Figure 4 shows schematically an example of a loading screen and various visual elements contained therein;

Figure 5 shows schematically an example of a video frame for which the image content corresponding to a loading screen has been replaced with a screenshot;

Figure 6 shows schematically an example of a system for training the machine learning model of the present disclosure;

Figure 7 shows an example of frames representative of three clusters identified during training of the machine learning model of the present disclosure; and

Figure 8 shows an example of a method for obtaining pre-generated image content in the present disclosure.


Detailed Description



[0009] A system and method are disclosed. In the following description, a number of specific details are presented in order to provide a thorough understanding of the embodiments of the present invention. It will be apparent, however, to a person skilled in the art that these specific details need not be employed to practice the present invention. Conversely, specific details known to the person skilled in the art are omitted for the purposes of clarity where appropriate.

[0010] A system that may employ the method(s) described herein may include a server or a similar or similar general-purpose computer running suitable software instructions encapsulating the method(s), and operated by a service provider to which a video game playing device owned by a user may connect, for example via a network such as the Internet. Typically the server or general-purpose computer will be responsible for collecting data from a plurality of video game playing devices and using this to train an artificial intelligence (as will be described below). Generally, this training of the artificial intelligence will be achieved using one or more graphics processing units (GPU) or tensor processing units (TPU).

[0011] Once trained, the artificial intelligence may be exported to a video game playing device. This may be provided as, for example, a software update with the trained artificial intelligence being downloaded to the video game playing device as part of the software update. Additionally or alternatively, the trained artificial intelligence may be accessed by a video game playing device via e.g. an internet connection. The artificial intelligence may correspond to a trained model, or a software module at which the trained model can be accessed.

[0012] Alternatively or in addition, the system may comprise the videogame playing device owned by the user. Alternatively or in addition, both the videogame playing device and the server may operate cooperatively to implement the method(s) or the videogame playing device may implement the method(s) locally.

[0013] The trained Al may be game specific as a result of having been trained using data generated during the playing of a specific video game. In such a case, access to the trained Al may only be permitted if a player is detected as having the video game for which the Al has been trained. In some cases, it may be beneficial to provide the trained Al separately to the game code itself, to ensure that the Al can easily be updated (e.g. re-trained) without affecting the rest of the game.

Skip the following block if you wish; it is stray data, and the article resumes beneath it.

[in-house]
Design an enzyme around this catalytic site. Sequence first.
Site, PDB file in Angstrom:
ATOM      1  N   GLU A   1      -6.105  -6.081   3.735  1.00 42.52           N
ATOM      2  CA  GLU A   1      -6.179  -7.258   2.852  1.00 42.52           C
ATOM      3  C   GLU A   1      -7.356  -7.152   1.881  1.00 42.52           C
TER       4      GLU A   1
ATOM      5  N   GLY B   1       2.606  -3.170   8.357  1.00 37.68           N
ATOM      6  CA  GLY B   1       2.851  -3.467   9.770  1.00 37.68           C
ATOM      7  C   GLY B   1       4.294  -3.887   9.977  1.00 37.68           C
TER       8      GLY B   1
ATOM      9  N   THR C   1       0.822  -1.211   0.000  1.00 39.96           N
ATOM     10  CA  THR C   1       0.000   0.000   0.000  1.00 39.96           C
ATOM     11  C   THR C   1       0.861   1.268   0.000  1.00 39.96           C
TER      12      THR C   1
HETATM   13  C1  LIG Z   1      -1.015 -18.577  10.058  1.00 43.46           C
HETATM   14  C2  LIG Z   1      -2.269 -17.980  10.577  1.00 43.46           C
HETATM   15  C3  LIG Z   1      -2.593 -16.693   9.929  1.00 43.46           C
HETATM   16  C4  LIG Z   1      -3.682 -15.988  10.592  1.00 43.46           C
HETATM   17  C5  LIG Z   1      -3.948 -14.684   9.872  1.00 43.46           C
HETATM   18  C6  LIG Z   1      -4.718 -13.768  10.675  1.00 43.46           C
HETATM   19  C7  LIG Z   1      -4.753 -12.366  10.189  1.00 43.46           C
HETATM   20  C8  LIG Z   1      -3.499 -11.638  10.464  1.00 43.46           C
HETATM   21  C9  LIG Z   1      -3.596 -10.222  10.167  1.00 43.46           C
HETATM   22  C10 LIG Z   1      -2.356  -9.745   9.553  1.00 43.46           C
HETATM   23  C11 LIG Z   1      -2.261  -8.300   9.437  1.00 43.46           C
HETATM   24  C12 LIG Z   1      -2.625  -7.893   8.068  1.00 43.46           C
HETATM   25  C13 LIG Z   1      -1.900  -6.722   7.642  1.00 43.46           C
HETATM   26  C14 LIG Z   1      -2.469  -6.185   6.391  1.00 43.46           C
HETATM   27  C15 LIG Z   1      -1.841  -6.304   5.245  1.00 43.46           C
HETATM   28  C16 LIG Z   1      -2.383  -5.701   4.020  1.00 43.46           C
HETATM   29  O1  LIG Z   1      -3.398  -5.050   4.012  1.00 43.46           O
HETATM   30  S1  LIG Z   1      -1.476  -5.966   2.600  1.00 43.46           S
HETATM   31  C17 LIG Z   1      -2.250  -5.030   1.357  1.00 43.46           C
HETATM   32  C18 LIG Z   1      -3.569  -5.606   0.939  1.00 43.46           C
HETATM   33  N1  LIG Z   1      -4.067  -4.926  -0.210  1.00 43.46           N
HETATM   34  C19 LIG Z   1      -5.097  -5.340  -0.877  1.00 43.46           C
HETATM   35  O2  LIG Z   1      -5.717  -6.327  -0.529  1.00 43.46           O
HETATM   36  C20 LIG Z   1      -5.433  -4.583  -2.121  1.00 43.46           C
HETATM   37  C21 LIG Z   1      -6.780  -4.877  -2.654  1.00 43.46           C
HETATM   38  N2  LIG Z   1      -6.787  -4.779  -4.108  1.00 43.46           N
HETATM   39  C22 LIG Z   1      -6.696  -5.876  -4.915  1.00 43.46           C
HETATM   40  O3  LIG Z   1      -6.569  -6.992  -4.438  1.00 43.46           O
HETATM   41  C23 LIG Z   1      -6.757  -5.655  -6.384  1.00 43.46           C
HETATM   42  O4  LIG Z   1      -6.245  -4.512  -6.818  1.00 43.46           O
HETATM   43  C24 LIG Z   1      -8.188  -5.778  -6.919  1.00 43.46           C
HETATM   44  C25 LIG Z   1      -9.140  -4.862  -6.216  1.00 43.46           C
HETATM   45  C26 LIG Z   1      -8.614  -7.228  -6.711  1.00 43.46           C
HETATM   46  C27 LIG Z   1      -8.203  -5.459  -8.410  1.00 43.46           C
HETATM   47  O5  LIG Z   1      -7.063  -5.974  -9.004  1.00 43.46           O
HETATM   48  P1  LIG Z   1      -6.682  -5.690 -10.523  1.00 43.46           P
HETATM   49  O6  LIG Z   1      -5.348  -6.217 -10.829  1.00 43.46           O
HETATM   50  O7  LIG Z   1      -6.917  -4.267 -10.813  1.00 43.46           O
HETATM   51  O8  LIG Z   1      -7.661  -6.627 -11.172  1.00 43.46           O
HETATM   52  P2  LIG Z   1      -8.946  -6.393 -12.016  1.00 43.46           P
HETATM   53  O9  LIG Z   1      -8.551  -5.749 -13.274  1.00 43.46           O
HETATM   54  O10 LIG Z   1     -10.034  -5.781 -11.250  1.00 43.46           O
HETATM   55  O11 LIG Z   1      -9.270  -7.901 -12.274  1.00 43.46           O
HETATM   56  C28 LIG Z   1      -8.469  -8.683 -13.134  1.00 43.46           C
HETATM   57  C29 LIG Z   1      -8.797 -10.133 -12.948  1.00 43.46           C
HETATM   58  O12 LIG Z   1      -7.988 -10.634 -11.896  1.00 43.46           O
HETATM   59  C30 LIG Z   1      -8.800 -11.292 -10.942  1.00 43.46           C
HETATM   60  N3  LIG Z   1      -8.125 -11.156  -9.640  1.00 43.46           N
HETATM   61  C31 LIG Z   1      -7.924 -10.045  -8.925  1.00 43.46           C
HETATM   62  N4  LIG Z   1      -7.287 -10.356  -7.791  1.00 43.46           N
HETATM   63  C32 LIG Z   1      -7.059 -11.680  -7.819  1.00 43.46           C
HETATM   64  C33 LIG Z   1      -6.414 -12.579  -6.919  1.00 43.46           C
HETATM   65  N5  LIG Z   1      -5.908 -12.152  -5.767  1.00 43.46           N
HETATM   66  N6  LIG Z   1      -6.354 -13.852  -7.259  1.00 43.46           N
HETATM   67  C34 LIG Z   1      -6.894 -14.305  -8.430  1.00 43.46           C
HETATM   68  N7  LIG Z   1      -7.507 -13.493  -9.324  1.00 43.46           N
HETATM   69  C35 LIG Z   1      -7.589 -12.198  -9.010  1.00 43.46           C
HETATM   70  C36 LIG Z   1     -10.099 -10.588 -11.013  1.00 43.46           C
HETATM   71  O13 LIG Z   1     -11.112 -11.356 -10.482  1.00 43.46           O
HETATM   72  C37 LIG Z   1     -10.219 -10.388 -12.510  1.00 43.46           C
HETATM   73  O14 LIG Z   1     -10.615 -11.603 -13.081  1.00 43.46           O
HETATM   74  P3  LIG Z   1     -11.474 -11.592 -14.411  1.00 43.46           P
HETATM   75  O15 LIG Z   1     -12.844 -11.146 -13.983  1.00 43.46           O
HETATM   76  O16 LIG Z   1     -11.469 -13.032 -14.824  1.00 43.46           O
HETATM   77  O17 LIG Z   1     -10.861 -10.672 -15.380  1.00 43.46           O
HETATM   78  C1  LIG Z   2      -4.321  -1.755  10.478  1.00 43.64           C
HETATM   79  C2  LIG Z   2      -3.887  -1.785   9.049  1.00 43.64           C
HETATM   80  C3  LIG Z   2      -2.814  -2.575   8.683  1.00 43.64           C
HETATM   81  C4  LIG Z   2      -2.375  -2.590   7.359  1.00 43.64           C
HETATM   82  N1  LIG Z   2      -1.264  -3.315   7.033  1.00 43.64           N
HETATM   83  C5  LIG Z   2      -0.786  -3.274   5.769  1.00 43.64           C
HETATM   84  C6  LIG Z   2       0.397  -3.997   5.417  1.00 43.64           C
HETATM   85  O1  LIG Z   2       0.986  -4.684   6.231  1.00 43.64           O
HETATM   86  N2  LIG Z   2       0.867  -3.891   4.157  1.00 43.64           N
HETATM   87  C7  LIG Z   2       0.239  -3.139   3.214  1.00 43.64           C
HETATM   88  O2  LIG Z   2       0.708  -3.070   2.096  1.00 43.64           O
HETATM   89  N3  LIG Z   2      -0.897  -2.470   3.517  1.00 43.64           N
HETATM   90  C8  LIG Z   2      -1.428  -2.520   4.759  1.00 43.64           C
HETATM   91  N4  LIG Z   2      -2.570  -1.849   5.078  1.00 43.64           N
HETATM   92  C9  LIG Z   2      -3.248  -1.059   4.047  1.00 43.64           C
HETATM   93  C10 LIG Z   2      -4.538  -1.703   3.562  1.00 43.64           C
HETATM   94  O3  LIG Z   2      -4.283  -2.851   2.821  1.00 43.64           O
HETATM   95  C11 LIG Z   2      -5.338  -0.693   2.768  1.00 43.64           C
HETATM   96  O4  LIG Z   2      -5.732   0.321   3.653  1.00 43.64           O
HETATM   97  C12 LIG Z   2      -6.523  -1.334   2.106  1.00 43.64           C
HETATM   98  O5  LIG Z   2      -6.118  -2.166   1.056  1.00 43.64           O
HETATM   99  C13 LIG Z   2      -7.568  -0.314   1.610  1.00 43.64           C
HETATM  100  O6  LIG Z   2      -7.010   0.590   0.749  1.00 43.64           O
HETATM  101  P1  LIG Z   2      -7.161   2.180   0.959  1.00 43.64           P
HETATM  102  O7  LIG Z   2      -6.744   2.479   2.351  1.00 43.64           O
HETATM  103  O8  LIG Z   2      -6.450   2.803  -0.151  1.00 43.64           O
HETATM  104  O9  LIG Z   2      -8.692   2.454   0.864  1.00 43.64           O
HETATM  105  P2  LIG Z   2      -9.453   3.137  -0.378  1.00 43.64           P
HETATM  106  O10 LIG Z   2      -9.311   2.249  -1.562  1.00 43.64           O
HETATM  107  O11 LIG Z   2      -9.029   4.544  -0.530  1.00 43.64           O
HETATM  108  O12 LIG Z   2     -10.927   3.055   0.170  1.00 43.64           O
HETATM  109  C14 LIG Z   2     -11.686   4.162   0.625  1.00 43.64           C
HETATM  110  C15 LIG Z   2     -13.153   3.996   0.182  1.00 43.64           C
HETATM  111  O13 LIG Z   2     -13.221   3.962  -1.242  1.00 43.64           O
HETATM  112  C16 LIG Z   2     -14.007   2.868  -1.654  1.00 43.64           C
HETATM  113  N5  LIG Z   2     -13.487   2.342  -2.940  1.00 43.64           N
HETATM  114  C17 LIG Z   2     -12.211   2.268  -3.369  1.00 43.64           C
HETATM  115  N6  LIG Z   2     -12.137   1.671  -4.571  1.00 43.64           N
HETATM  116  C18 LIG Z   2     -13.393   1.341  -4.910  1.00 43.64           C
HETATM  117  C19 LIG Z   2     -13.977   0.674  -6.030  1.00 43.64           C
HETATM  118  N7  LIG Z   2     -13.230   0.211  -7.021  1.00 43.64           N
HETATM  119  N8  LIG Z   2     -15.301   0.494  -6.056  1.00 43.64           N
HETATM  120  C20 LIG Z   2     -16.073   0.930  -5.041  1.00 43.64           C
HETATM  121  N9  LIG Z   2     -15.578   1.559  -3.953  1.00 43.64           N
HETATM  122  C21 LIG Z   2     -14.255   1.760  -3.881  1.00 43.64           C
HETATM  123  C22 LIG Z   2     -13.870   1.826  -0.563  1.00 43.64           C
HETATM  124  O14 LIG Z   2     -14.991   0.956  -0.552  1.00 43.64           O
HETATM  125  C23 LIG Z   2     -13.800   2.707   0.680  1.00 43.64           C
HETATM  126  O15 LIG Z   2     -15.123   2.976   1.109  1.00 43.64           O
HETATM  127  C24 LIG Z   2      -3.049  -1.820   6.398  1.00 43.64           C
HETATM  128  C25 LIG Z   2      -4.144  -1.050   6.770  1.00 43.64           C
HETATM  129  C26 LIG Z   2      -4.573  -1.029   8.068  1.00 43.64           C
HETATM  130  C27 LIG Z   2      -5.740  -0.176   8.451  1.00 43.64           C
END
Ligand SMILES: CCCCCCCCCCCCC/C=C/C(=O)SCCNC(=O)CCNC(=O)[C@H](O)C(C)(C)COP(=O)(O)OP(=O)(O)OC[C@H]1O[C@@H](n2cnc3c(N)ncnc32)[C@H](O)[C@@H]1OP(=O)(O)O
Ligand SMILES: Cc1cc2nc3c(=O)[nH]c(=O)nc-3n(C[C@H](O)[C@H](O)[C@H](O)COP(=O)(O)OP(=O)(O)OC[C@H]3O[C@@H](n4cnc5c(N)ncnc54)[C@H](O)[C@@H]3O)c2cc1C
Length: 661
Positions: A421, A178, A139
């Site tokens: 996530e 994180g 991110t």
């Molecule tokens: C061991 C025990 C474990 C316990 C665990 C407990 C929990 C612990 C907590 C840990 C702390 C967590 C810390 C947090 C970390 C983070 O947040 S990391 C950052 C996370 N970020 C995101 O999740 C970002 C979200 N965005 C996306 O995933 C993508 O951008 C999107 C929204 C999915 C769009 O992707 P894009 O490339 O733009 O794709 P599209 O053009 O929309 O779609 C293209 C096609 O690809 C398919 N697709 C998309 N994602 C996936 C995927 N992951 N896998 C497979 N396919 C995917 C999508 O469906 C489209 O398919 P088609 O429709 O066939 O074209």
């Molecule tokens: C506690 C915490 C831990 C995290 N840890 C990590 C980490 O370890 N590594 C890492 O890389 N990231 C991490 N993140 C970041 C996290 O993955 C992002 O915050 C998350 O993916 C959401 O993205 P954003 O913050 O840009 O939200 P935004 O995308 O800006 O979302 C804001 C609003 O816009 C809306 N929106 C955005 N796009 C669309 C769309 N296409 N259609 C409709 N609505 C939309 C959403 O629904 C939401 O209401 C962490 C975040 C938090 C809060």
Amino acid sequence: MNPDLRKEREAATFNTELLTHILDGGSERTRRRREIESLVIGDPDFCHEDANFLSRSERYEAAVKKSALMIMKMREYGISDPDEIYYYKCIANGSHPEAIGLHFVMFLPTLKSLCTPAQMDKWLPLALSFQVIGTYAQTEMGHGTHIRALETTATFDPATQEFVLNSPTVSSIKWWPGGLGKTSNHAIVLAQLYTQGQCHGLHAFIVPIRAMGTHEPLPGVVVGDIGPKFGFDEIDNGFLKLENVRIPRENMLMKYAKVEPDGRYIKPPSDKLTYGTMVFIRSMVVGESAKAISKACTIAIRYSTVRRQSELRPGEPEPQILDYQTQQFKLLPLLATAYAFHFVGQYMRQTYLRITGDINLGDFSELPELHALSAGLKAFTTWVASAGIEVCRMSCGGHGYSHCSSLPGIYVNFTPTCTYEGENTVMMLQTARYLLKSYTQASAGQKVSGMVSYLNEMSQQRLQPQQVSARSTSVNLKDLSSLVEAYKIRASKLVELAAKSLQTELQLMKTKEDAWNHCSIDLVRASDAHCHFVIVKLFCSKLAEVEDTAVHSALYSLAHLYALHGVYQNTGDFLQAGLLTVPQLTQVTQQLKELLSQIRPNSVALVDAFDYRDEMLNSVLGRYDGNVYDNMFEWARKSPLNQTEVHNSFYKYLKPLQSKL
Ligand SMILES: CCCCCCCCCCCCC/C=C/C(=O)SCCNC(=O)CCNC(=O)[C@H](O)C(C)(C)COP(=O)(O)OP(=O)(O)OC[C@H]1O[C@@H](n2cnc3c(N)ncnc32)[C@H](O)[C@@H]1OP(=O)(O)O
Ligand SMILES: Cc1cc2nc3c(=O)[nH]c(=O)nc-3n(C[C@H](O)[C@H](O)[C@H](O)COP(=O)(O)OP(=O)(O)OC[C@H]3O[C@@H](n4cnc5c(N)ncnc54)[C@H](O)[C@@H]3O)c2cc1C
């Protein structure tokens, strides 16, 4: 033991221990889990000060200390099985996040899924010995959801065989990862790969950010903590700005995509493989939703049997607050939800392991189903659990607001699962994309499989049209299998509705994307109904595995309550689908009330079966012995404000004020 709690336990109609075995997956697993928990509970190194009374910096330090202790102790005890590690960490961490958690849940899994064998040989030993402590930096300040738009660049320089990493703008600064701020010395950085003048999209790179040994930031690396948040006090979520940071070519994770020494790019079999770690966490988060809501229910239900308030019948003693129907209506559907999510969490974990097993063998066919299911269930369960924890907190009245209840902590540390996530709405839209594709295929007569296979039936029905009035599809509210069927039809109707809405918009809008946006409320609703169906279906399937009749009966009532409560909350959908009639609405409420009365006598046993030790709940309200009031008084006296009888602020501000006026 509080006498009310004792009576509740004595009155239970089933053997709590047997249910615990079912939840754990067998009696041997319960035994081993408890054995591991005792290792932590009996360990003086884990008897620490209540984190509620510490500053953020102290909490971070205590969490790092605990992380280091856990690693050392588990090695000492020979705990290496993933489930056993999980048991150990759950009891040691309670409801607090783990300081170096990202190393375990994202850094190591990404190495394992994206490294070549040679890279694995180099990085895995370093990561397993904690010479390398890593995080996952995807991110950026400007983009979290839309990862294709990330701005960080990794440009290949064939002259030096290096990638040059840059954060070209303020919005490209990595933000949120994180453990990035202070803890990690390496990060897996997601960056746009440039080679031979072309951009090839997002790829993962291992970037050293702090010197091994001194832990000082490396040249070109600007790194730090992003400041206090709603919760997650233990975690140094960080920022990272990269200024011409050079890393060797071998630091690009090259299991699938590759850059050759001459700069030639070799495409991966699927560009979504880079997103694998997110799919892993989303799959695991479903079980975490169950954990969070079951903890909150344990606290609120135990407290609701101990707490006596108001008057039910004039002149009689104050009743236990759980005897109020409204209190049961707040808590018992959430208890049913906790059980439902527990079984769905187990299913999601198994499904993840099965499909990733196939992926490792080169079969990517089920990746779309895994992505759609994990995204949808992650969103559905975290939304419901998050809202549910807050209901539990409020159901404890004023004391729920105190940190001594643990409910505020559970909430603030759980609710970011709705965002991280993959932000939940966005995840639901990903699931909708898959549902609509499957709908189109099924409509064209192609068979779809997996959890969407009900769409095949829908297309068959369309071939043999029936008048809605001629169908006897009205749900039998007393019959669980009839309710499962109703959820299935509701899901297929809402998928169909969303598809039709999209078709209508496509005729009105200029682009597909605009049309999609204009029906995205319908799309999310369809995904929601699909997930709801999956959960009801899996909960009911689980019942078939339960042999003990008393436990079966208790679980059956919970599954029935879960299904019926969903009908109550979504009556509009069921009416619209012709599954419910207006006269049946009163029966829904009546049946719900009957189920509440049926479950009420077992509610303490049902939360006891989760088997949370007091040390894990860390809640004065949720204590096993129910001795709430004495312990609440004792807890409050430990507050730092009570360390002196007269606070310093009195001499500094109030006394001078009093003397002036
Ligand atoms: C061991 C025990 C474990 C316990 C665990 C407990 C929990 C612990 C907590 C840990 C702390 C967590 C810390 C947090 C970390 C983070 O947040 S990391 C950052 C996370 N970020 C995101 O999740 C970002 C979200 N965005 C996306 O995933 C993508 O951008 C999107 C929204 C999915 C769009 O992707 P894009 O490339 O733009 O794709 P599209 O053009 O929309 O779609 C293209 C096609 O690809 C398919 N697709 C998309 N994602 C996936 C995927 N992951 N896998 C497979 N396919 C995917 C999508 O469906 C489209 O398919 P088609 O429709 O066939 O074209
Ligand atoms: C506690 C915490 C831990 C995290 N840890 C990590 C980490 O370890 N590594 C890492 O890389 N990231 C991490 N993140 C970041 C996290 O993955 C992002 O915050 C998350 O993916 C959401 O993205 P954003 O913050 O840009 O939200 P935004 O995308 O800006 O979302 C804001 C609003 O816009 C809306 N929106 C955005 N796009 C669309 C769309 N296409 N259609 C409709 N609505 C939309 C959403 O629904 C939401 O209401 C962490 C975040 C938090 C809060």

[0014] As an example of a videogame playing device, Figure 1 schematically illustrates the overall system architecture of a Sony® PlayStation 4® entertainment device. It will be appreciated that the device shown in Figure 1 is just an illustrative example, and that in some embodiments, the entertainment device may include a next generation console, such as a Sony® PlayStation 5® device.

[0015] A system unit 10 is provided, with various peripheral devices connectable to the system unit.

[0016] The system unit 10 comprises an accelerated processing unit (APU) 20 being a single chip that in turn comprises a central processing unit (CPU) 20A and a graphics processing unit (GPU) 20B. 25 The APU 20 has access to a random access memory (RAM) unit 22.

[0017] The APU 20 communicates with a bus 40, optionally via an I/O bridge 24, which may be a discrete component or part of the APU 20.

[0018] Connected to the bus 40 are data storage components such as a hard disk drive 37, and a Blu-ray ® drive 36 operable to access data on compatible optical discs 36A. Additionally the RAM unit 22 may communicate with the bus 40.

[0019] Optionally also connected to the bus 40 is an auxiliary processor 38. The auxiliary processor 38 may be provided to run or support the operating system.

[0020] The system unit 10 communicates with peripheral devices as appropriate via an audio/visual input port 31, an Ethernet ® port 32, a Bluetooth ® wireless link 33, a Wi-Fi ® wireless link 34, 5 or one or more universal serial bus (USB) ports 35. Audio and video may be output via an AV output 39, such as an HDMI port.

[0021] The peripheral devices may include a monoscopic or stereoscopic video camera 41 such as the PlayStation Eye ®; wand-style videogame controllers 42 such as the PlayStation Move ® and conventional handheld videogame controllers 43 such as the DualShock 4 ®; portable 10 entertainment devices 44 such as the PlayStation Portable ® and PlayStation Vita ®; a keyboard 45 and/or a mouse 46; a media controller 47, for example in the form of a remote control; and a headset 48. Other peripheral devices may similarly be considered such as a microphone, speakers, mobile phone, printer, or a 3D printer (not shown).